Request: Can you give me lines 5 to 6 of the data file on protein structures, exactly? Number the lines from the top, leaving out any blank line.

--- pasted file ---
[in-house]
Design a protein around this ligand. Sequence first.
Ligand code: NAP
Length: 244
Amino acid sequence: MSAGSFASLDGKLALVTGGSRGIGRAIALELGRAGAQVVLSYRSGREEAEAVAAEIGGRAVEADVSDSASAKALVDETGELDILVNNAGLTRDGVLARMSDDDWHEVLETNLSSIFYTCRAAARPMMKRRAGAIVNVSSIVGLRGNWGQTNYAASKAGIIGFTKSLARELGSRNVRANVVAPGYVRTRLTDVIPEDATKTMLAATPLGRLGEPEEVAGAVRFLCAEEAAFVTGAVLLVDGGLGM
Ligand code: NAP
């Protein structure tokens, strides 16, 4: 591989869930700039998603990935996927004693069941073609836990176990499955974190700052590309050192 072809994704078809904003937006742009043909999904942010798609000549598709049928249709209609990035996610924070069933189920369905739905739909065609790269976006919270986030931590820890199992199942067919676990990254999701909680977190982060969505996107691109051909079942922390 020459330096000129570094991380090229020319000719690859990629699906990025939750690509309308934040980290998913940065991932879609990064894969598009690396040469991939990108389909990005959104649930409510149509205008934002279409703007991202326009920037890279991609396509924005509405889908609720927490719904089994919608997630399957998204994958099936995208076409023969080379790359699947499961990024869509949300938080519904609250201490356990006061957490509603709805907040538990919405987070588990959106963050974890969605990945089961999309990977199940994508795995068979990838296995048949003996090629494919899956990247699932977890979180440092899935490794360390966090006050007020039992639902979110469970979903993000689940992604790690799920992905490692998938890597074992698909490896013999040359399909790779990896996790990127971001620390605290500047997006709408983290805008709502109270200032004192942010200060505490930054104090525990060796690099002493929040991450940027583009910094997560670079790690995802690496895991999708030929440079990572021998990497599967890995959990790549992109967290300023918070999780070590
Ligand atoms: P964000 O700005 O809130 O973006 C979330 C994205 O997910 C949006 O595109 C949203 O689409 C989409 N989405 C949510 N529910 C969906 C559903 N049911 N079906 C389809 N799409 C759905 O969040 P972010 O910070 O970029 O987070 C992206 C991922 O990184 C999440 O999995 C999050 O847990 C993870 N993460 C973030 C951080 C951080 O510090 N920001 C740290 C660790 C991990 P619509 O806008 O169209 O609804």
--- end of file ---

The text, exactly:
Amino acid sequence: MSAGSFASLDGKLALVTGGSRGIGRAIALELGRAGAQVVLSYRSGREEAEAVAAEIGGRAVEADVSDSASAKALVDETGELDILVNNAGLTRDGVLARMSDDDWHEVLETNLSSIFYTCRAAARPMMKRRAGAIVNVSSIVGLRGNWGQTNYAASKAGIIGFTKSLARELGSRNVRANVVAPGYVRTRLTDVIPEDATKTMLAATPLGRLGEPEEVAGAVRFLCAEEAAFVTGAVLLVDGGLGM
Ligand code: NAP